FRIDAY, MAY 14, 1999202/307-0703


Justice Department Program Compiles Data on Drug Use in Cities Worldwide

WASHINGTON, D.C. - The use of opiates/heroin, methadone and amphetamine tends to be lower among arrestees in the United States than in England, according to a Justice Department study released today. Comparing Drug Use Rates of Detained Arrestees in the United States and England also reports that crack/cocaine use is higher among arrestees in the United States, and marijuana and depressant use in the two countries is comparable.

The report highlights findings from the International Arrestee Drug Abuse Monitoring (I-ADAM) program, which interviews and tests arrestees for drug use in several countries worldwide. I-ADAM is sponsored by the National Institute of Justice (NIJ), the research arm of the Department.

"Comparing drug use across national boundaries is another step toward understanding the worldwide drug problem," said NIJ Director Jeremy Travis. "Identifying patterns of drug abuse in different countries can give us insight into cultural and environmental influences on drug use, as well as trends in international drug trafficking."

The I-ADAM program was established in 1998 as an international extension of NIJ's domestic ADAM program, which operates in 35 cities in the United States. Both the domestic and international ADAM programs collect and analyze data on drug use of arrestees detained in police lock-ups. Other countries participating in the I-ADAM program include Australia, Chile, South Africa, Scotland, The Netherlands, and Panama.

Data on drug use are obtained by combining urinalysis results with self-reported drug use by arrestees. For more than 90 percent of arrestees in the United States and England, the findings of the self-report survey and the urinalysis were in agreement. Underreporting of drug use was higher in the United States than in England.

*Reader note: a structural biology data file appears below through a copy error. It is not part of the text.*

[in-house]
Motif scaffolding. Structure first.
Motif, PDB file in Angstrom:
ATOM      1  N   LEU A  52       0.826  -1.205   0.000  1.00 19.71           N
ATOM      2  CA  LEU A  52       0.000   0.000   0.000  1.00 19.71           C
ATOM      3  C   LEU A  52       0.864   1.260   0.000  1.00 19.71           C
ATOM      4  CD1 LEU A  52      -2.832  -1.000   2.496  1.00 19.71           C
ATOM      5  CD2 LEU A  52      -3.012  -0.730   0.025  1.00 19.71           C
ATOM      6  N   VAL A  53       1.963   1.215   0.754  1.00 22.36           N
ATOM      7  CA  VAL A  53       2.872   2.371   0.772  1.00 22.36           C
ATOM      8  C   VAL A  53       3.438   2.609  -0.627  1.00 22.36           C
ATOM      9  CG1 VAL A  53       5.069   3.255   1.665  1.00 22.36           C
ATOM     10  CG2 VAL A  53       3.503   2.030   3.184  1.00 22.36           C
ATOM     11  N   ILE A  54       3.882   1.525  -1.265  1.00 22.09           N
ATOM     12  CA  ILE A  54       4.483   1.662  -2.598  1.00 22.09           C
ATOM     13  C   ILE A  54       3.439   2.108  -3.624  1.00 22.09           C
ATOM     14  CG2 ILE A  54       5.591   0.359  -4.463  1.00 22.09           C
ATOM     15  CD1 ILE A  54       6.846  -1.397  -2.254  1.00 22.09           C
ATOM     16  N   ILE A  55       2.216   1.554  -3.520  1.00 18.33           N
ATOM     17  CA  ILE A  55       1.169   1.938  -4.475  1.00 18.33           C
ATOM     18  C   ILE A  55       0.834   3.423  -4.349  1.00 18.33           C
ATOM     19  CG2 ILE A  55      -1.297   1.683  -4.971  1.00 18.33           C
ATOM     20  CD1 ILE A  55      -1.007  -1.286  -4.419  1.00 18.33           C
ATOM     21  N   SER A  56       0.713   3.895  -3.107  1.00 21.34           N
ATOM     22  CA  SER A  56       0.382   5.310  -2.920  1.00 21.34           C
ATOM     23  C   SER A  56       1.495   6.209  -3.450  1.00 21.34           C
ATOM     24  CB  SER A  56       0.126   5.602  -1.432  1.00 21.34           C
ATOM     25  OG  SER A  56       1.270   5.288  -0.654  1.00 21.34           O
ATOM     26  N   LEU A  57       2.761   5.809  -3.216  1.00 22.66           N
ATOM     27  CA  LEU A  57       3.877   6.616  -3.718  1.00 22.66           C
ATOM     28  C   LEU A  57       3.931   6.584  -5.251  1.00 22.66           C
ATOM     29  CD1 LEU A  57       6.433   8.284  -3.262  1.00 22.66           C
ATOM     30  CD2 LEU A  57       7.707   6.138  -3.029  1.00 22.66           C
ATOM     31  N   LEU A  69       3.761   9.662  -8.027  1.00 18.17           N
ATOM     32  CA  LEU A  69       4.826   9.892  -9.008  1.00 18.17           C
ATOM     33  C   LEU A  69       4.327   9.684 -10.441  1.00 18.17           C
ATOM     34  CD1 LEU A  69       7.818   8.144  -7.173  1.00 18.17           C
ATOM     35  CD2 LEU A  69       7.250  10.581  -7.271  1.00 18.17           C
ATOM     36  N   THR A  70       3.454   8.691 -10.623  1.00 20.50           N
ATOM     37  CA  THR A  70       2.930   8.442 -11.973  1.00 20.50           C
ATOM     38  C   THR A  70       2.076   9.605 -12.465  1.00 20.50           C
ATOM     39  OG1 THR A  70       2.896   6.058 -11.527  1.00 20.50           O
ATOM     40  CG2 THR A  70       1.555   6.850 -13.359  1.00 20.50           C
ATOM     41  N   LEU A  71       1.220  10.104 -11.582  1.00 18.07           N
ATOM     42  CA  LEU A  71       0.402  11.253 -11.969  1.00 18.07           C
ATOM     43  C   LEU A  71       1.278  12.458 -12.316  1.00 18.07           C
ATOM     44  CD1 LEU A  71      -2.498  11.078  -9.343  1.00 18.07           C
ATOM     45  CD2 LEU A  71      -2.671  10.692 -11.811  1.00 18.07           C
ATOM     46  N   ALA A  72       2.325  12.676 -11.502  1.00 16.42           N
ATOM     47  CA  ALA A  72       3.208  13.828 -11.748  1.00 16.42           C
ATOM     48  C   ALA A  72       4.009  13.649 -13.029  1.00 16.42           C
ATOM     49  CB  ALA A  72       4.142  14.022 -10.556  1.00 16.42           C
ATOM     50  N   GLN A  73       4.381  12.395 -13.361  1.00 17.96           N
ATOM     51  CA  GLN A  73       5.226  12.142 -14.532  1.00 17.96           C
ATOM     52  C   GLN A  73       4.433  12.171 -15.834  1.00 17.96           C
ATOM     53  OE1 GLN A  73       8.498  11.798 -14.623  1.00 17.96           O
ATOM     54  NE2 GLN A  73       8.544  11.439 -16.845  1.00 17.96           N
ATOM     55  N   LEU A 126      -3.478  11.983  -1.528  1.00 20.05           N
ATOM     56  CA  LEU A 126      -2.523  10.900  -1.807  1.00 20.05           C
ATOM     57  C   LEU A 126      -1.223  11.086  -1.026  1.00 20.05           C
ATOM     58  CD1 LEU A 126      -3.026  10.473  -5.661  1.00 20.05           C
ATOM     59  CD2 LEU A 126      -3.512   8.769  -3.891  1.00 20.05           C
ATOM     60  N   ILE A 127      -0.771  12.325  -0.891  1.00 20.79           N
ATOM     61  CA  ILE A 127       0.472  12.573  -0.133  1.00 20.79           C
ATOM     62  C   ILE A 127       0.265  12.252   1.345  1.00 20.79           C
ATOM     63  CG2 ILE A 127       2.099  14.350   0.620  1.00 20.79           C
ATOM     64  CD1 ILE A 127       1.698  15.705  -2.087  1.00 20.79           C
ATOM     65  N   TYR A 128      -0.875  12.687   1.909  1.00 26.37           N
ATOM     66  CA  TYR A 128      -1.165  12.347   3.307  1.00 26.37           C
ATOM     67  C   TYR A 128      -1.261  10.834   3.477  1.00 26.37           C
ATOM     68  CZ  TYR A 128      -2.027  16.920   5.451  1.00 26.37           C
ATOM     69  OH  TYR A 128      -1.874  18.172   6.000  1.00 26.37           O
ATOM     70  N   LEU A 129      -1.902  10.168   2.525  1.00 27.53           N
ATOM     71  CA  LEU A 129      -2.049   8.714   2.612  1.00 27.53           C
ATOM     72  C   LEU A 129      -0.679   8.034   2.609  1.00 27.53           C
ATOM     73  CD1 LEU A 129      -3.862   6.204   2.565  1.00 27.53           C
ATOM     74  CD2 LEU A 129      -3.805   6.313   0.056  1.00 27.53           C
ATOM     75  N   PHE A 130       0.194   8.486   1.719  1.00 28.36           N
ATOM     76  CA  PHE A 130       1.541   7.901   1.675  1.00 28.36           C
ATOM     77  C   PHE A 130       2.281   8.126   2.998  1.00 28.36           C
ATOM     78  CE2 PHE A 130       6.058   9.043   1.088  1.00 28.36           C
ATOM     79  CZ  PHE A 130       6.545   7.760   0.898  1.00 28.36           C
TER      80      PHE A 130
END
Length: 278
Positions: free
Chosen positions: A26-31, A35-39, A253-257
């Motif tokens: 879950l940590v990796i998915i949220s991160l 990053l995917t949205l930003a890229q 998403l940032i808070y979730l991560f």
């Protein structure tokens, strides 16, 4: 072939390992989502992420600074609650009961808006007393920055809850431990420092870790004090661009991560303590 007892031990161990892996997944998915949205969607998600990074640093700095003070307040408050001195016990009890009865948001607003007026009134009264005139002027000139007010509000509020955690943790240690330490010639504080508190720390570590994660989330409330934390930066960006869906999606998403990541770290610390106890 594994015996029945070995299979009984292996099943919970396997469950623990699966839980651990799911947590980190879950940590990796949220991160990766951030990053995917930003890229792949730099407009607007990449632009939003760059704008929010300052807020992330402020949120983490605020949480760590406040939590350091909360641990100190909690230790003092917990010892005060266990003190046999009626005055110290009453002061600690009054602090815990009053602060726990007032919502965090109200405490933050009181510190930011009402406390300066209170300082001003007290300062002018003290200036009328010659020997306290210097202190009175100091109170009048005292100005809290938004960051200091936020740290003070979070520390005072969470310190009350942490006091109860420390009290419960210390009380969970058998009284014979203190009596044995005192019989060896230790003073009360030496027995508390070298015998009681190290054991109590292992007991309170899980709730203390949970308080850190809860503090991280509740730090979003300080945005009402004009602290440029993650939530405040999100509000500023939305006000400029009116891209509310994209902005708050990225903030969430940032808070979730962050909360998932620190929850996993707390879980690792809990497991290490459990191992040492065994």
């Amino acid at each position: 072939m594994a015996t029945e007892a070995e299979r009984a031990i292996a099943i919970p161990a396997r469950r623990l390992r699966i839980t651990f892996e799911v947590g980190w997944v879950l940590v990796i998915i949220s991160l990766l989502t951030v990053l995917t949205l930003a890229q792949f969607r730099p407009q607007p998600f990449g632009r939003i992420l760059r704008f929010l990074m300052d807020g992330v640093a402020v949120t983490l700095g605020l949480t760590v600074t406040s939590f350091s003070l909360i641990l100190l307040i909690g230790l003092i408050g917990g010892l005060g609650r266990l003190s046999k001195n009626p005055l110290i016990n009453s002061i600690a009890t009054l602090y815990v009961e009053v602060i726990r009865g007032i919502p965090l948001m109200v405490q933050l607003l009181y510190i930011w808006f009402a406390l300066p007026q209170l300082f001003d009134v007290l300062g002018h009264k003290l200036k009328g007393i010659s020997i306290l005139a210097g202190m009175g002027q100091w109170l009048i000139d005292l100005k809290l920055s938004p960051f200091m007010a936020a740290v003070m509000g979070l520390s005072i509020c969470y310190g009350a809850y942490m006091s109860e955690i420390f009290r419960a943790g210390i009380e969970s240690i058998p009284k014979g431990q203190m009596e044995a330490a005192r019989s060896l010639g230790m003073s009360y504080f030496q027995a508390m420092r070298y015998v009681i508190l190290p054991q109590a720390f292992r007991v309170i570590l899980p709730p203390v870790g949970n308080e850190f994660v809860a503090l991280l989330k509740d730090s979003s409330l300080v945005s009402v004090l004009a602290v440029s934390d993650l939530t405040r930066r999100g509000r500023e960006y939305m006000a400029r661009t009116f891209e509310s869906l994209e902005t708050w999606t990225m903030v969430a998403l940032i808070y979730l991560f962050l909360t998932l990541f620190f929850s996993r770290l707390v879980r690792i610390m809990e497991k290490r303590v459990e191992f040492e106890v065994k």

To help ensure that any differences in drug use were due to national and not local factors, the study released today compared data from five pairs of cities in the United States and England similar in population density. The city pairs were New York City, New York (Manhattan Only) and London; Fort Lauderdale, Florida and Manchester; Miami, Florida and Nottingham; Washington, D.C. and Sunderland; and Birmingham, Alabama and Cambridge.

The I-ADAM study reveals a number of similarities in drug use between the two countries. A large proportion of arrestees in both countries tested positive for one or more drugs - 68 percent in the United States and 59 percent in England. More than 80 percent of the arrestees in each country reported illegal drug use at some point in their lives. In both countries, arrestees age 21 or older are more likely to test positive for drugs other than marijuana than those 20 or younger, but younger arrestees are more likely than older arrestees to test positive for marijuana use. Unemployed arrestees in both countries are significantly more likely to test positive than employed arrestees. Also, few differences are found between the two countries in the percentage of arrestees who had ever received drug treatment.

The National Institute of Justice (NIJ) is the primary sponsor of criminal justice research and evaluations of programs to reduce crime. For additional information about NIJ, the Internet

address is The Internet address for the ADAM program is General information about the Office of Justice Programs (OJP) is available at

The report is available on the Internet at, or from the National Criminal Justice Reference Service (NCJRS) by calling toll-free, 1-800/851-3420.

For information on this report, contact the Office of Congressional and Public Affairs at 202/307-0703.

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After hours contact: Mike McCarthy at 202/305-0779